I almost admire the way Glenn Greenwald has taken away any shred of plausible deniability from his dwindling army of non-wingnut apologists in this interview with the Daily Tucker:
He went on to say that he “would describe a lot of people on the right as being socialists,” such as former White House strategist Steve Bannon and “the 2016 iteration” of former President Donald Trump as a candidate, “based on what he was saying.”
“I consider Tucker Carlson to be a socialist,” Greenwald said of the Daily Caller co-founder.
“I think the vision is, you know, you have this kind of right wing populism, which really is socialism, that says we should close our borders, not allow unconstrained immigration, and then take better care of our own working class people, and not allow this kind of transnational, global, corporatist elite to take everything for themselves under the guise of neoliberalism,” Greenwald said.
Solid list here from Glenn. But my own top 3 favorite socialists of all time have gotta be Lula da Silva, The My Pillow Guy, and Generalissimo Franco pic.twitter.com/L9tOE58hfo— Eric Levitz (@EricLevitz) March 4, 2021
That is George Wallace erasure!
Incidentally, the attempt to save face by claiming that Trump governed much differently than he campaigned just isn’t true. He in fact campaigned as an advocate for massive tax cuts and deregulation. At any rate, it’s clear what Glenn means by “socialism” and it has nothing to do with any kind of left politics:
Note, however, that we have proven only that Carlson, Bannon, and Trump fail any sane definition of socialism. There is still an insane definition, favored in parts of the right, which claims that Adolph Hitler was actually a socialist. By this definition, the political spectrum is a simple line, with one pole being laissez-faire capitalism as articulated by the American right and the other being any form of “big government.” Since fascism employs a great deal of government power and sometimes even uses the term socialist in its self-definition, fascism is actually on the left.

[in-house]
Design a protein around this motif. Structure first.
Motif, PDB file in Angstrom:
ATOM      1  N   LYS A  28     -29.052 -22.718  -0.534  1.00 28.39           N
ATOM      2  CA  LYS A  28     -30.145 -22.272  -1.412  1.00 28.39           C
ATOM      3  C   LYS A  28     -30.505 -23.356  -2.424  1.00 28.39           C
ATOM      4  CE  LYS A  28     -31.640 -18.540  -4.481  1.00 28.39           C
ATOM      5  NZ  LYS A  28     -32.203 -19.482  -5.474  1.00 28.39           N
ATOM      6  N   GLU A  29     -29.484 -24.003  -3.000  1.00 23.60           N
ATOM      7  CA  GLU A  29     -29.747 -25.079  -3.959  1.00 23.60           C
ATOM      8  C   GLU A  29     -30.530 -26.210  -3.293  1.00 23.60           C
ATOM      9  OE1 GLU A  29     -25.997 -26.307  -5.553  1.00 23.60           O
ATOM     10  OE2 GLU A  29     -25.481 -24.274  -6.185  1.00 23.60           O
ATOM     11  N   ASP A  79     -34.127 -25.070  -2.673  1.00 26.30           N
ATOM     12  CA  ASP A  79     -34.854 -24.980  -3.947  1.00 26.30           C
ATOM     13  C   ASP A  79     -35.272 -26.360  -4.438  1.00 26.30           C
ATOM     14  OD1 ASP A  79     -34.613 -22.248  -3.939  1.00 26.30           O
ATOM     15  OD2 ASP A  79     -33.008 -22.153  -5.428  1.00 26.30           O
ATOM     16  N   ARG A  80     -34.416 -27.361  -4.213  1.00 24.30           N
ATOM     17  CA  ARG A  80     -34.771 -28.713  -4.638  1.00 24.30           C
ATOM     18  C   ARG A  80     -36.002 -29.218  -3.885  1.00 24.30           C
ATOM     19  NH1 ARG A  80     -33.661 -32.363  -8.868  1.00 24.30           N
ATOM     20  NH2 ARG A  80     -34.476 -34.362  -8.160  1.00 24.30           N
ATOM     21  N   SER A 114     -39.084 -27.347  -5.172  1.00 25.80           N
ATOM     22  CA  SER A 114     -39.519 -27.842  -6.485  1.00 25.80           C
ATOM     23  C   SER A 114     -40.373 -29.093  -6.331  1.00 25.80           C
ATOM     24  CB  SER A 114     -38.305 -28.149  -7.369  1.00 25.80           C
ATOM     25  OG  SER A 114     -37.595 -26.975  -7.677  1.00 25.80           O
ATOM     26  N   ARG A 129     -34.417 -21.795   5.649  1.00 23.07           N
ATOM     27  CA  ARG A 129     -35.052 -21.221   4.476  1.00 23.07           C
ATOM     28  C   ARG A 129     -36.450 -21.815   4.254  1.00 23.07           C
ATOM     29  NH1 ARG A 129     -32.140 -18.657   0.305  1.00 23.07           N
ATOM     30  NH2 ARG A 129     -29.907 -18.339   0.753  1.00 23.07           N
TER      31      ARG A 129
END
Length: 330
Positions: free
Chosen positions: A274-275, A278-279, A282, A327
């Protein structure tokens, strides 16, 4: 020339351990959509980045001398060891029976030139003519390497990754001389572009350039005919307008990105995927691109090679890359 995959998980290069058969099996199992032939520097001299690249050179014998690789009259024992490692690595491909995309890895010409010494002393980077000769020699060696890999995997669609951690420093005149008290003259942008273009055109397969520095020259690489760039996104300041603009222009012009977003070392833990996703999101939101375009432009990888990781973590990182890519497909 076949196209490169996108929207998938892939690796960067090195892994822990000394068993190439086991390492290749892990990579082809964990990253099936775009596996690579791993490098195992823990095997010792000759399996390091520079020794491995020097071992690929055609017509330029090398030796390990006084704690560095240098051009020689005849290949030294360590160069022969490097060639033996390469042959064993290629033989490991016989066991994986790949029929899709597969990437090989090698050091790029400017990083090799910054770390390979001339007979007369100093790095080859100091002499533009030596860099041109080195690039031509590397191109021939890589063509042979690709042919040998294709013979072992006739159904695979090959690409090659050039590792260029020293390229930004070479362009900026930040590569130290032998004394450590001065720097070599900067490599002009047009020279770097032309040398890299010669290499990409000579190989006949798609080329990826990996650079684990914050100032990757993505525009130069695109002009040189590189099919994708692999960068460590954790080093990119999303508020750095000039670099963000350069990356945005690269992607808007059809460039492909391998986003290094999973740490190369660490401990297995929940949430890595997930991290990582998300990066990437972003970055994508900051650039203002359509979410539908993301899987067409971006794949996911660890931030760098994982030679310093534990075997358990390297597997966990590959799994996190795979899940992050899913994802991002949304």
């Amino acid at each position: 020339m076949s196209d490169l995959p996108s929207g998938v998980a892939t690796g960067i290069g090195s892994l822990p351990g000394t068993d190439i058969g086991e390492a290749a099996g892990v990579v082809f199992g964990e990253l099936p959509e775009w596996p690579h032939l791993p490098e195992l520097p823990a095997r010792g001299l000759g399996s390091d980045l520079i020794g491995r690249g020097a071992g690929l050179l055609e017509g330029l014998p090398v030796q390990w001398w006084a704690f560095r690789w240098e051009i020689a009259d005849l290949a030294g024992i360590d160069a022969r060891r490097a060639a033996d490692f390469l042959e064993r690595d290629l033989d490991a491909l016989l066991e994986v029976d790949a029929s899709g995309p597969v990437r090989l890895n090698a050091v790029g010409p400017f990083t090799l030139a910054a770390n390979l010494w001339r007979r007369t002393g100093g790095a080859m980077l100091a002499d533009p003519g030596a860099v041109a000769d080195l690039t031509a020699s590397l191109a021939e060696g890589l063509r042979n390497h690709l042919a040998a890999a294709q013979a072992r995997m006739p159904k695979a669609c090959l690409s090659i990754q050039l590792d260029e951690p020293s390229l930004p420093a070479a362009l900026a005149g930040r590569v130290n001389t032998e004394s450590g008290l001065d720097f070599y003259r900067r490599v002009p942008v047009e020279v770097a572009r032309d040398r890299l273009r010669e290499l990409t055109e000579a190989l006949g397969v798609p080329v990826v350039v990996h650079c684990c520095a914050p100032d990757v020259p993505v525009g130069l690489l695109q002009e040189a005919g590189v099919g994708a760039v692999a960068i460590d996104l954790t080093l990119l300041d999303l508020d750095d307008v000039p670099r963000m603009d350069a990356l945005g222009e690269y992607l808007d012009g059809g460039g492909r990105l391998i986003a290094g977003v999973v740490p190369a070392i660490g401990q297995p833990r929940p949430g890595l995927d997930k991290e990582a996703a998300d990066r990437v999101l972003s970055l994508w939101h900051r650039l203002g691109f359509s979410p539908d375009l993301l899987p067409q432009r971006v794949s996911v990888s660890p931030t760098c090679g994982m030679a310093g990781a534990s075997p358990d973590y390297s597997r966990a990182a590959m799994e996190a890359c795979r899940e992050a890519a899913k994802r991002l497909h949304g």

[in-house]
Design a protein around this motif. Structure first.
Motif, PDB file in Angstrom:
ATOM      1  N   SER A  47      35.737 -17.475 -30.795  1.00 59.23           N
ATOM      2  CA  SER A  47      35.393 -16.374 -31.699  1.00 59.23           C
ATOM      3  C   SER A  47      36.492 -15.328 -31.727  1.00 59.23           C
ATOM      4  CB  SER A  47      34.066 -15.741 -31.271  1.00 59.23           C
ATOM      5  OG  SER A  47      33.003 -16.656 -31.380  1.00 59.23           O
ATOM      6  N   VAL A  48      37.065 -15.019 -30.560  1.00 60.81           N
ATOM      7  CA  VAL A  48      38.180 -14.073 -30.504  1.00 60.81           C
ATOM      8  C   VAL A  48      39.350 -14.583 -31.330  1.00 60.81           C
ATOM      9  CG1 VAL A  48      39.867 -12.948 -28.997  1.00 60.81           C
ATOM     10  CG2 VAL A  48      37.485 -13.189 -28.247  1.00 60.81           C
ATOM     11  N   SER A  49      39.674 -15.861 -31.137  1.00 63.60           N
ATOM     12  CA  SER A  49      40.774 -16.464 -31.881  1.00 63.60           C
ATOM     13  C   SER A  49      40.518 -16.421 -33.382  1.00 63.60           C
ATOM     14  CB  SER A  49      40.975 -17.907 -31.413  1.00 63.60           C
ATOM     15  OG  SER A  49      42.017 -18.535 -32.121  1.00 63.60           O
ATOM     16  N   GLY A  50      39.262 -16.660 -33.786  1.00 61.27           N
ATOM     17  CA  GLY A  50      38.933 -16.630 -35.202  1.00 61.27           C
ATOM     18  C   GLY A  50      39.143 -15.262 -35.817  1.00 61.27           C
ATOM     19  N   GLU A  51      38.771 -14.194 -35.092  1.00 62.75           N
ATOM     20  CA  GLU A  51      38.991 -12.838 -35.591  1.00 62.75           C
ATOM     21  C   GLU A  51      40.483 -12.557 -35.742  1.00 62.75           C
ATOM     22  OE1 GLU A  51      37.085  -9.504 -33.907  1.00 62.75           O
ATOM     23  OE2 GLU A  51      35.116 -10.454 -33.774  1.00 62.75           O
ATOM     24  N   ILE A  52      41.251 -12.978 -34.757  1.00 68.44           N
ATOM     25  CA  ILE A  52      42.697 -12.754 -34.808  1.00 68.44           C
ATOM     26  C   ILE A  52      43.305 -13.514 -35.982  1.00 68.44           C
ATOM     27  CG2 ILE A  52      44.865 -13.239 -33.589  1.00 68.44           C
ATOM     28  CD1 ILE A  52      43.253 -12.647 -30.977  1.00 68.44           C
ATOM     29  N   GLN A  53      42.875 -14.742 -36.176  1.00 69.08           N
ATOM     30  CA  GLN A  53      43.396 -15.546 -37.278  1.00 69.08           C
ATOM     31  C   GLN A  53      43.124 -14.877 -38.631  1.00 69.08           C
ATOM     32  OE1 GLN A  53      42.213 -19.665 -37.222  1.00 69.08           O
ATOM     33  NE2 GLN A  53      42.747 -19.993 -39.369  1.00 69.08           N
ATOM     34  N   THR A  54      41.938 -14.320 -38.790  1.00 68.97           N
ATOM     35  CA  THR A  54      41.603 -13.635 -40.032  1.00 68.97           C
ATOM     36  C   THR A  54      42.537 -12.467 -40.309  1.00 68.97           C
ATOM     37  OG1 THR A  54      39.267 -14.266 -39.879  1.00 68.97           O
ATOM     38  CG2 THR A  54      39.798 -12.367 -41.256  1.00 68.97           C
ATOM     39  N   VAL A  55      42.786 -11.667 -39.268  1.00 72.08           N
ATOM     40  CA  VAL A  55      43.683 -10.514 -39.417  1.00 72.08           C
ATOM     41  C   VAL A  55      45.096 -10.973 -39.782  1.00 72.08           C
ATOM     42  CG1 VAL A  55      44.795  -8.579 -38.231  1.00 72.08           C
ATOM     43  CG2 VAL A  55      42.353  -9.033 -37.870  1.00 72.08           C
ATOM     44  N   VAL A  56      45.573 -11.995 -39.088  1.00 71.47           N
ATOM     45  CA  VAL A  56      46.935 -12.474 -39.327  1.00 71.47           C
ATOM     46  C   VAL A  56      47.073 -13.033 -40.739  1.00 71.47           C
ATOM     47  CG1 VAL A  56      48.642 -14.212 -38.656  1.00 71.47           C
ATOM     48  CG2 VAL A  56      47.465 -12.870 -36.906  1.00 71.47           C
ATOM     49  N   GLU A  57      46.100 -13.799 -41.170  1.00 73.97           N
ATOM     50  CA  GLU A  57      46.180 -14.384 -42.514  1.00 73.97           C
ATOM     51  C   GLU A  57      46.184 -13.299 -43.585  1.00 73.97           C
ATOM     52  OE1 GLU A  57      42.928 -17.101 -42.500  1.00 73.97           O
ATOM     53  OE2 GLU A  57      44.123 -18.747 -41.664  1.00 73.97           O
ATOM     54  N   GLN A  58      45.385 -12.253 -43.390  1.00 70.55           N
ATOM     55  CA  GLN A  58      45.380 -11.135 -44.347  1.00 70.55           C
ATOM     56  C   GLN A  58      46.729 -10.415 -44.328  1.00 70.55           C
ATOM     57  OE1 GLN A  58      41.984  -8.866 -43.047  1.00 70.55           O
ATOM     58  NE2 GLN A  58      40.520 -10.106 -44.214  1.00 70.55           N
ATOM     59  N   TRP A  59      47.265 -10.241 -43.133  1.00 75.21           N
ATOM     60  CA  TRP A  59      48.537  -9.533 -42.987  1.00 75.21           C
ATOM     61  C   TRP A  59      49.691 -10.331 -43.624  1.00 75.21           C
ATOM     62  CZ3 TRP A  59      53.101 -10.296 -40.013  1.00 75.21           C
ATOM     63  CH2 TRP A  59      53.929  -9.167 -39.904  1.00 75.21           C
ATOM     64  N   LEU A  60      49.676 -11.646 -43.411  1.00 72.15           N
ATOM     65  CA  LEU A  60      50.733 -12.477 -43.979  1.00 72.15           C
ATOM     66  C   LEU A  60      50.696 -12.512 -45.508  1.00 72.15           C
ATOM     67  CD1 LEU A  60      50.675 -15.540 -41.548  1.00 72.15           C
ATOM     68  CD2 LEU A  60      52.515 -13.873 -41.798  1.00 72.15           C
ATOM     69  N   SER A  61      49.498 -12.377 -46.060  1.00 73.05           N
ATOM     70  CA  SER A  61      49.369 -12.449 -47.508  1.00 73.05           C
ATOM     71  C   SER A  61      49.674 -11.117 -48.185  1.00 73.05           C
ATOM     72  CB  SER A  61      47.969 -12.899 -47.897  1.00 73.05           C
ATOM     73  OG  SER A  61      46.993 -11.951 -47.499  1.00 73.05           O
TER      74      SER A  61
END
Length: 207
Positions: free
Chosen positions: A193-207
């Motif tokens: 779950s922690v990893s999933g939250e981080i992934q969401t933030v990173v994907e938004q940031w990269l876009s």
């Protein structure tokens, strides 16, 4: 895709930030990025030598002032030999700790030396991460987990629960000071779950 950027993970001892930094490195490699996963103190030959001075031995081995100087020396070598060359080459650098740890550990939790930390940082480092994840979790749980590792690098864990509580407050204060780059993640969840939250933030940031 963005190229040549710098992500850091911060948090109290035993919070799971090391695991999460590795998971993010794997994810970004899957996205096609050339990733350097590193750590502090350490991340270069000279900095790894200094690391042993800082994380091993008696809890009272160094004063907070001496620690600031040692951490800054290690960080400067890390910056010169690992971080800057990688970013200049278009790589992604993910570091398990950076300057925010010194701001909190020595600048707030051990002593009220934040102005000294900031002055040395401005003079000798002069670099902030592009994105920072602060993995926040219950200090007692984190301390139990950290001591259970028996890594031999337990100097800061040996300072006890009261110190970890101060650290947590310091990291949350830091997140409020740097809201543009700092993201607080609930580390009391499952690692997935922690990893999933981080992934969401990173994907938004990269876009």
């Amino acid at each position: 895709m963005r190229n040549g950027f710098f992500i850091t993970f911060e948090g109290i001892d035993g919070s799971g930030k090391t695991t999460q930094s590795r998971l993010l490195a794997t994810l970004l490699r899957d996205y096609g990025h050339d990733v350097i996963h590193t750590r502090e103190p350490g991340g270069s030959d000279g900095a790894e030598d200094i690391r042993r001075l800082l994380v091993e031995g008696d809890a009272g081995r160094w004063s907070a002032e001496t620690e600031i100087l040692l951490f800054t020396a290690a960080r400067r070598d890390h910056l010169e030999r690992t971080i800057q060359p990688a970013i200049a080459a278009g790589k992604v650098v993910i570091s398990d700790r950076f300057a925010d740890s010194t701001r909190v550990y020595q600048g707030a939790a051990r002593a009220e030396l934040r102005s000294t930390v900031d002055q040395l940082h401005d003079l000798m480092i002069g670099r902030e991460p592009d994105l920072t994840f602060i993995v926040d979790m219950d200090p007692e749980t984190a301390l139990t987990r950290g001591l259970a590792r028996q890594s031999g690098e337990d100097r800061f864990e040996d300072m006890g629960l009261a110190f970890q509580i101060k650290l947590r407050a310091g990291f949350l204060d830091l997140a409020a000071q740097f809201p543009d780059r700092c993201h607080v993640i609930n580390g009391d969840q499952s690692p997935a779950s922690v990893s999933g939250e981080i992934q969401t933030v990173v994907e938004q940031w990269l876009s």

This was always a ridiculous way to understand fascism. It has become more obviously ridiculous over the past five years, which have brought actual, self-identified Nazis into a broad coalition with laissez-faire conservatives. (There’s a reason the Nazis called their 2017 Charlottesville torchlight rally “Unite the Right,” not “Unite the Left.” It’s because they’re on the political right.)
But yes, if you consider demagogic attacks on immigrants and the “transnational, global, corporatist elite” combined with substance-free promises to “take better care of our own working class” to be “socialism,” then you can describe Carlson’s brand of demagogic hate-mongering as socialist. In place of a redistribution of wealth, it offers working-class people the chance to direct their resentment at cosmopolitan elites [tugs collar nervously] and various brown-skinned people.
Propelled by his unshakable conviction that the Democratic Party is the main obstacle to the progressive agenda, Greenwald has successfully completed his orbit around the political spectrum. He now finds himself hailing the socialist bona fides of a wealthy heir who uses racial resentment to redirect the white working class away from material concerns. It’s a (National Socialist German) workers’ party now.
Since the inevitable next move of his erstwhile defenders will be to claim that this is some kind of new development, it’s worth noting that he’s just being more explicit about what he’s always been. He’s been doing anti-immigration screeds since he was on Blogspot. His preference for Trump over Clinton and Biden was just the logical extension of his preference of Ron and Rand Paul over Obama. It’s not that he’s changed; it’s that a lot of people were in denial about it.